The registration of social care staff will improve the quality of social care according to an evaluation exercise following Northern Ireland becoming the first region in the UK to introduce compulsory registration to social care workers.
Compulsory registration means since 31 March 2017, social care workers in domiciliary care, adult day care and residential and supported living settings will be registered with the Northern Ireland Social Care Council (NISCC).
The Evaluation of the Impact of the Registration of the Social Care Workforce Study has been designed to measure the impact over time of workforce registration and the introduction of new professional standards for social care workers who include domiciliary and residential care workers, day care workers and supported living care workers. The study focuses on co-production with staff, employers and people who use services, and draws on existing resources both within the Department, the NISCC and partner organisations such as the local HSCTs, Ulster University and SCIE.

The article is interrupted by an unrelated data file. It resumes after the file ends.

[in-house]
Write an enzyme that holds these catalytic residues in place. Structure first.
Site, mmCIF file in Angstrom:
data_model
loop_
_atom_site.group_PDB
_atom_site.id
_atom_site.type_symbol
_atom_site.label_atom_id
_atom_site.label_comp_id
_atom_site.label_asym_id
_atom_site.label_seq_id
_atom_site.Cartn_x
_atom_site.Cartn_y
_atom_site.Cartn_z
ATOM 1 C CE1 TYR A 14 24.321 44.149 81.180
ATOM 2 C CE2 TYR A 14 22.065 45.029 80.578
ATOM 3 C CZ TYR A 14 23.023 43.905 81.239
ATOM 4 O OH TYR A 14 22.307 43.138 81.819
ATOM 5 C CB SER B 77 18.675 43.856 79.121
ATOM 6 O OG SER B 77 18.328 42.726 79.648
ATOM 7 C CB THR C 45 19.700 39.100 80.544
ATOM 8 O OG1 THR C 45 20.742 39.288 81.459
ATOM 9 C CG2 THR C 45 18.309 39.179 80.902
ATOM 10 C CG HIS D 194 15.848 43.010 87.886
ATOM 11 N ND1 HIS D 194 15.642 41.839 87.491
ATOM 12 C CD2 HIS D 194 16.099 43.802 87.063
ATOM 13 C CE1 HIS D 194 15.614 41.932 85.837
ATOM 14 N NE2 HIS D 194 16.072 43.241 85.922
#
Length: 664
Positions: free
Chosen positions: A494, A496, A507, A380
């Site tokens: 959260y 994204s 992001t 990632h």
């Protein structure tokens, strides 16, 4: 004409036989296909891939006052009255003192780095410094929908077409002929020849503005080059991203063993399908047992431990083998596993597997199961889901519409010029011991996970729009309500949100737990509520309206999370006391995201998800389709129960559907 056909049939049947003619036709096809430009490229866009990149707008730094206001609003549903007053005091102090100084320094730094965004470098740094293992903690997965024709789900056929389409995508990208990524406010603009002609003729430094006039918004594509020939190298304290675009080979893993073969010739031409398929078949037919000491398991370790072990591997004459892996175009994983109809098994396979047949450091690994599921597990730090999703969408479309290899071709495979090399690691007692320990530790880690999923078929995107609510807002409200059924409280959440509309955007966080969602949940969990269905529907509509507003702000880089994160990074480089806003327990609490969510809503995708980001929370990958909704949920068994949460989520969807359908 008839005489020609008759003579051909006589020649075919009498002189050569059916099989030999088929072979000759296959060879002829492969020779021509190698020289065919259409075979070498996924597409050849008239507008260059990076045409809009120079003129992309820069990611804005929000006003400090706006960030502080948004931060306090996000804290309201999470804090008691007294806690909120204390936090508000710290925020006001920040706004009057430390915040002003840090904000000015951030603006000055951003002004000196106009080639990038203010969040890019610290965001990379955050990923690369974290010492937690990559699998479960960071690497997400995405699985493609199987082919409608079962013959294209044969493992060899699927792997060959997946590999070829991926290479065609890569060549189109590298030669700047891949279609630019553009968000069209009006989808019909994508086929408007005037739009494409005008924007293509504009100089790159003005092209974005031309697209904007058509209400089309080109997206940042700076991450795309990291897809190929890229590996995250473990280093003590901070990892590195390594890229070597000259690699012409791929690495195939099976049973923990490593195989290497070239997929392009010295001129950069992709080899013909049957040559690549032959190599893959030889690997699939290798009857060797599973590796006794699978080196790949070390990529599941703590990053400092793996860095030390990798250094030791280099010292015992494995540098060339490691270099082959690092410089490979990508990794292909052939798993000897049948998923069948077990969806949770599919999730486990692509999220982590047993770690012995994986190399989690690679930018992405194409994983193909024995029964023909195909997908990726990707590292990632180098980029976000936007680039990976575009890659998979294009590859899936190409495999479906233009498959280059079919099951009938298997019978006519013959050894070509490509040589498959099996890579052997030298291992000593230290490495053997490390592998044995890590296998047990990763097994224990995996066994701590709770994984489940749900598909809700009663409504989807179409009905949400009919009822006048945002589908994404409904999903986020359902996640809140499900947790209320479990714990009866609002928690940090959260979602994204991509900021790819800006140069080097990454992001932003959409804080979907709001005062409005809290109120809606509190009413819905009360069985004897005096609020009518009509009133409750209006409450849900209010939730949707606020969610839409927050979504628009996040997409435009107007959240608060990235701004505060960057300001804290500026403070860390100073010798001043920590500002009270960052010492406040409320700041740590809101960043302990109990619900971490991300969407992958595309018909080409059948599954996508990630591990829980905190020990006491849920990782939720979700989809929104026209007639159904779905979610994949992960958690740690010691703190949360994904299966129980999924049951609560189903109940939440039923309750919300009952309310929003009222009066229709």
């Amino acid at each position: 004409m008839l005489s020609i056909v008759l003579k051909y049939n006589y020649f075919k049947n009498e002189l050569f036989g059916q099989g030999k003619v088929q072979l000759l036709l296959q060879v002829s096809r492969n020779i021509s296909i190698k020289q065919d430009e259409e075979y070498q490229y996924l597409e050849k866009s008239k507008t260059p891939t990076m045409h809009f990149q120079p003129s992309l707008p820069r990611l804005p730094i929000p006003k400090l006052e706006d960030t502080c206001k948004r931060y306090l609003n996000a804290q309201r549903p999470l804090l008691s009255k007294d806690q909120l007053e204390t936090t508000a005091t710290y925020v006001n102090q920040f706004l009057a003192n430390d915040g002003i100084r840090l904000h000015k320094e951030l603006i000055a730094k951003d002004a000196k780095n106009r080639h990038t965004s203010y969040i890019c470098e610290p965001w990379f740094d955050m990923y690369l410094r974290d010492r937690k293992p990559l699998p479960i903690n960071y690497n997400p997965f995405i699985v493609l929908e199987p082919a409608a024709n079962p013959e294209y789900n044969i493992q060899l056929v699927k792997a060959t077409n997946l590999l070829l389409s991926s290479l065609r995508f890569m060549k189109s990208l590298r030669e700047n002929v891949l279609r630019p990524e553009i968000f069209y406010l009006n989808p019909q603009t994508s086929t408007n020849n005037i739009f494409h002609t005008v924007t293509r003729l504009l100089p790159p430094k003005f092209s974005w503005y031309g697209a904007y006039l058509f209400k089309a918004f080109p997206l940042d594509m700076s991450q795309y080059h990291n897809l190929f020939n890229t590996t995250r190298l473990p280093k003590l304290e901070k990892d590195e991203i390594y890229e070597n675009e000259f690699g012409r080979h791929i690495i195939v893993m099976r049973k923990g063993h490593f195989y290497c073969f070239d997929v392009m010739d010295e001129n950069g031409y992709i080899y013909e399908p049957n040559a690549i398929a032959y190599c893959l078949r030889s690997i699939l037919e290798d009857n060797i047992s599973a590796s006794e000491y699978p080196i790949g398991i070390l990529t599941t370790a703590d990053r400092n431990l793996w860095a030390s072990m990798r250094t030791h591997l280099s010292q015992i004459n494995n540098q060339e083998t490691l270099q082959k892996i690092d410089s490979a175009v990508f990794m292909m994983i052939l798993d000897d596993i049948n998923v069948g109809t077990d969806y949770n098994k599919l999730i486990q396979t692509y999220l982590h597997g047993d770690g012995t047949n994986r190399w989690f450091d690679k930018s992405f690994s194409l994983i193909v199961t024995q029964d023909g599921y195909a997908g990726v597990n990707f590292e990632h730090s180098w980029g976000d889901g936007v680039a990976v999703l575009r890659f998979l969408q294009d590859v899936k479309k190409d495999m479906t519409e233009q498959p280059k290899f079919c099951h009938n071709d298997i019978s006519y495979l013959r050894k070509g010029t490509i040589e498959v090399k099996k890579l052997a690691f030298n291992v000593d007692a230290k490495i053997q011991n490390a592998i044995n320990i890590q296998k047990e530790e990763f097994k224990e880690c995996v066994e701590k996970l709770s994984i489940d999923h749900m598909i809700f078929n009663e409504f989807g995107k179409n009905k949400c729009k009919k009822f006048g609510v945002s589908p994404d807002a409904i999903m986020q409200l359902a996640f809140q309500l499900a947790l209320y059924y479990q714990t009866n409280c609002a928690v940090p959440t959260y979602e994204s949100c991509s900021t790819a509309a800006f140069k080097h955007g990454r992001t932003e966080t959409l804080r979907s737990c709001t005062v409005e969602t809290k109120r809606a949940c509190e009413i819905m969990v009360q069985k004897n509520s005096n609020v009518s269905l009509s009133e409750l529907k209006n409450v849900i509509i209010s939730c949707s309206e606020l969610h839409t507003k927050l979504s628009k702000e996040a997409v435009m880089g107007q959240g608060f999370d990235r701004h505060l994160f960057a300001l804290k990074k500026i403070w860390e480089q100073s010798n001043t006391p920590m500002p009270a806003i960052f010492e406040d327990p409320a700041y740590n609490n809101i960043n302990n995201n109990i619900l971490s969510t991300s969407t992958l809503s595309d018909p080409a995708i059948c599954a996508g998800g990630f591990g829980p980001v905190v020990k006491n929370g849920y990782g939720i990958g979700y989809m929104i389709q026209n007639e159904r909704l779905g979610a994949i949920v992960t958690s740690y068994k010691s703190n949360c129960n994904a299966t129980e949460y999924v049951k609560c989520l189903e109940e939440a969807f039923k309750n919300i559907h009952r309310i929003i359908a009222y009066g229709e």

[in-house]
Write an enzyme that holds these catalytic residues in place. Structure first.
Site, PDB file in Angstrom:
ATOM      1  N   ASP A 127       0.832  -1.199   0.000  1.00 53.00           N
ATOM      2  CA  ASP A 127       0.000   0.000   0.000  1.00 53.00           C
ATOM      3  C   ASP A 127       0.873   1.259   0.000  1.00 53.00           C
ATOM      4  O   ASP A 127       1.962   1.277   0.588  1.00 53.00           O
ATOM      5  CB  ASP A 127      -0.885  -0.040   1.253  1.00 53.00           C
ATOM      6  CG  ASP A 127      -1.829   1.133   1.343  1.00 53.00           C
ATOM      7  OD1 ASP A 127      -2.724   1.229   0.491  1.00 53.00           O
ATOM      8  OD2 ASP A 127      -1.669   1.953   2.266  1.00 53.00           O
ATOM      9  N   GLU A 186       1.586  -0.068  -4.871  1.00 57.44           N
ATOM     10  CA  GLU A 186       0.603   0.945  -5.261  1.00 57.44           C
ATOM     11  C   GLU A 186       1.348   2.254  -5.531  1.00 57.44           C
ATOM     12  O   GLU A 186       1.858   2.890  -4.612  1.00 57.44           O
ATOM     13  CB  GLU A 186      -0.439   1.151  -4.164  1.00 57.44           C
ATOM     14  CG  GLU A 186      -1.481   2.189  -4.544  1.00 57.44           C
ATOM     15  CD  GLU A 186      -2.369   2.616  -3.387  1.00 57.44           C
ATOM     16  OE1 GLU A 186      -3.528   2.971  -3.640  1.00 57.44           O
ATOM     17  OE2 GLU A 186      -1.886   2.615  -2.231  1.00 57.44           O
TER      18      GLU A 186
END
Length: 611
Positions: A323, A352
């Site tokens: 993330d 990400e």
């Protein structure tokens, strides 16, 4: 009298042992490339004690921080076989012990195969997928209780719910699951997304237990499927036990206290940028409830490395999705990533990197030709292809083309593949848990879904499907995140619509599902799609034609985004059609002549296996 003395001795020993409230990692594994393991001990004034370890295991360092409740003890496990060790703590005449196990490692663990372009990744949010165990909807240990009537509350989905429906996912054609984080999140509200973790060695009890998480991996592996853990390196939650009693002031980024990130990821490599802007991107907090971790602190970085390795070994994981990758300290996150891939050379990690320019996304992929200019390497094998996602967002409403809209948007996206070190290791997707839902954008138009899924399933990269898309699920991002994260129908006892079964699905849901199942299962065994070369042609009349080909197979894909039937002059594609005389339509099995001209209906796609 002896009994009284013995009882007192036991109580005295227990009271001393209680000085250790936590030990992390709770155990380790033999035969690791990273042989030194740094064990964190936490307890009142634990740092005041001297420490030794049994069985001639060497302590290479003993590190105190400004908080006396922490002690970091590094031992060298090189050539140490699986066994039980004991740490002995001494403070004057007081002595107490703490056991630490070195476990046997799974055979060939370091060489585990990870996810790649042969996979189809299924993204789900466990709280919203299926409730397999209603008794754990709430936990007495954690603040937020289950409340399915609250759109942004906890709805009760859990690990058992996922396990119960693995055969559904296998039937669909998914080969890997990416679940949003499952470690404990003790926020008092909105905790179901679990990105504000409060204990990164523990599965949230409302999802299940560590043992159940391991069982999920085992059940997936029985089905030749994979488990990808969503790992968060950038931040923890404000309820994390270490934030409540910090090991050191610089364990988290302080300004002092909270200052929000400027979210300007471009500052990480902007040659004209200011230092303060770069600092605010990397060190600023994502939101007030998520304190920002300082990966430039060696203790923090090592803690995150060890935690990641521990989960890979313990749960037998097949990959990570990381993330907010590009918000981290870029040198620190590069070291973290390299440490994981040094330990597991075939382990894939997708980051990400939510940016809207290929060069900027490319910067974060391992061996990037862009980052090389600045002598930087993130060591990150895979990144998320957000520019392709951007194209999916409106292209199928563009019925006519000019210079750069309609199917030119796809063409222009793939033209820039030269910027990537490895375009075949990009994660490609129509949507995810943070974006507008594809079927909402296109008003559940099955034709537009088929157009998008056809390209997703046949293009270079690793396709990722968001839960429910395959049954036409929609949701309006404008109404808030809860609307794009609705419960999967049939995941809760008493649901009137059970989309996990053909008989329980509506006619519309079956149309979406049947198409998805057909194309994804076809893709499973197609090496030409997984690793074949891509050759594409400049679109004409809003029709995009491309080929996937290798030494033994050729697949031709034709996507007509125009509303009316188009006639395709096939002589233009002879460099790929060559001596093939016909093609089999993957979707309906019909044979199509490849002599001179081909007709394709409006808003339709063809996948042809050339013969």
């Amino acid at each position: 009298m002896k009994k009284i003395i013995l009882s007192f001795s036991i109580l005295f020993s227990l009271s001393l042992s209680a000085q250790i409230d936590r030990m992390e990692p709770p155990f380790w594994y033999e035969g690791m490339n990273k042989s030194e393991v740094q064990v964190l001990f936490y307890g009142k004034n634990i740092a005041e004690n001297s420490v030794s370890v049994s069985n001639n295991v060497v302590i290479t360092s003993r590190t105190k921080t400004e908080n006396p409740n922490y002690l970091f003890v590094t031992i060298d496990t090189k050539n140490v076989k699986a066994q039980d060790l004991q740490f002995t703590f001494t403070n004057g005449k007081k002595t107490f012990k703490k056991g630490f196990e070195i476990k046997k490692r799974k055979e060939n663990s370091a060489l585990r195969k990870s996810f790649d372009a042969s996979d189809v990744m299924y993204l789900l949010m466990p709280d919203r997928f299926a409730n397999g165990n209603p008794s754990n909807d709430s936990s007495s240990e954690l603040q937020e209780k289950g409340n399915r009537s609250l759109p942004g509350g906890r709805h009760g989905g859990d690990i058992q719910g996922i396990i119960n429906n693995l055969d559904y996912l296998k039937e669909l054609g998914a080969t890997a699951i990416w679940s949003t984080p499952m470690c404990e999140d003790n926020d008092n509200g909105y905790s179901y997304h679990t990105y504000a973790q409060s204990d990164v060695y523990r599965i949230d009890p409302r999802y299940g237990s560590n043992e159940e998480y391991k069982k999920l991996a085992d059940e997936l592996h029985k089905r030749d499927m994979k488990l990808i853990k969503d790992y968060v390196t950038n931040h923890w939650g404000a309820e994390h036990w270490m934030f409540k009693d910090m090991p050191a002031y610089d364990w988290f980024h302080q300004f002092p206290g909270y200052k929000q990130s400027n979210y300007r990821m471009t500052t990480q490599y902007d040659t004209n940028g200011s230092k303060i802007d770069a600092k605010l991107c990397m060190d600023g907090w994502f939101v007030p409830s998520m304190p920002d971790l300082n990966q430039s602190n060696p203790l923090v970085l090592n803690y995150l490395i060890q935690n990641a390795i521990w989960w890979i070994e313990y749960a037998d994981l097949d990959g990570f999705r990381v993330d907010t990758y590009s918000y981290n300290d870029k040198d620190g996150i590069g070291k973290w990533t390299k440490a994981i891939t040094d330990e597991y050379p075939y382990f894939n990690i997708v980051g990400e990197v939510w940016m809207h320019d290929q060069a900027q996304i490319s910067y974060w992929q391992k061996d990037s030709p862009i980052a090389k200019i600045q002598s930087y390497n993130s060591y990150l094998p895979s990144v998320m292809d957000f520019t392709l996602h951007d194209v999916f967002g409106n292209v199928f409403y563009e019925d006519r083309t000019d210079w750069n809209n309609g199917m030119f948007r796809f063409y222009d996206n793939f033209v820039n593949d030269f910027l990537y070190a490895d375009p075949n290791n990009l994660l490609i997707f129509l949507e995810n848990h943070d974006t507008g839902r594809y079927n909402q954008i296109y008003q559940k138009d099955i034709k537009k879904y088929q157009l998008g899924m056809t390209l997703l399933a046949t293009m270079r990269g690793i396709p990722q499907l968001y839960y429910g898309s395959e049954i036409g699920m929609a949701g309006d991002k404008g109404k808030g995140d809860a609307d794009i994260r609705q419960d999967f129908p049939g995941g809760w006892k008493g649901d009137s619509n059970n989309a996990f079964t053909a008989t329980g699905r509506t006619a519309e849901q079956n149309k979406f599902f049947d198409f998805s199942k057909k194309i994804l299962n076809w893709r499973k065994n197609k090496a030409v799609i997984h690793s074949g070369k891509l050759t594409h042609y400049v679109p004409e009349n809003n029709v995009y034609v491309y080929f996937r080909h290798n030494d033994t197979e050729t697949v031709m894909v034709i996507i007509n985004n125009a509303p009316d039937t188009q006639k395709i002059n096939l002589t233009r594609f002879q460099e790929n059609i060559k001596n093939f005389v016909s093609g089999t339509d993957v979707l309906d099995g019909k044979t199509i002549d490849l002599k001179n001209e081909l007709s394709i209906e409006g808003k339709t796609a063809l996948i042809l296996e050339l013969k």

Findings in the study identified: 70% of the public believed that the new registration would lead to improvements; 51% of employers who were surveyed in the study believed that staff turnover will be reduced as a result of registration; 77% are more confident that if something goes wrong, those responsible will be prevented from making the same errors again; and 65% thought it likely to reduce the risk of something going wrong.
Jackie McIlroy (pictured), the Acting Deputy Chief Social Worker at the Department of Health, said: “This evaluation explores to what extent professional regulation has supported the Department of Health’s intention to strengthen public confidence in social care and improve the quality of service provision.
“Northern Ireland is the first in the UK to introduce compulsory registration to social care workers. We understand other parts of the UK are also considering this and we look forward to sharing our good practice and experience.”
“Social care workers, their employers, the general public, and people who use social care services have all told us about their experiences and what impact they feel registration of social care workers will have on services. The findings from year one of the evaluation highlight the really important contribution of this workforce in providing community care and support, in sustaining social wellbeing, and also the very high value the public and people who use services place on the safety and quality of social care services.”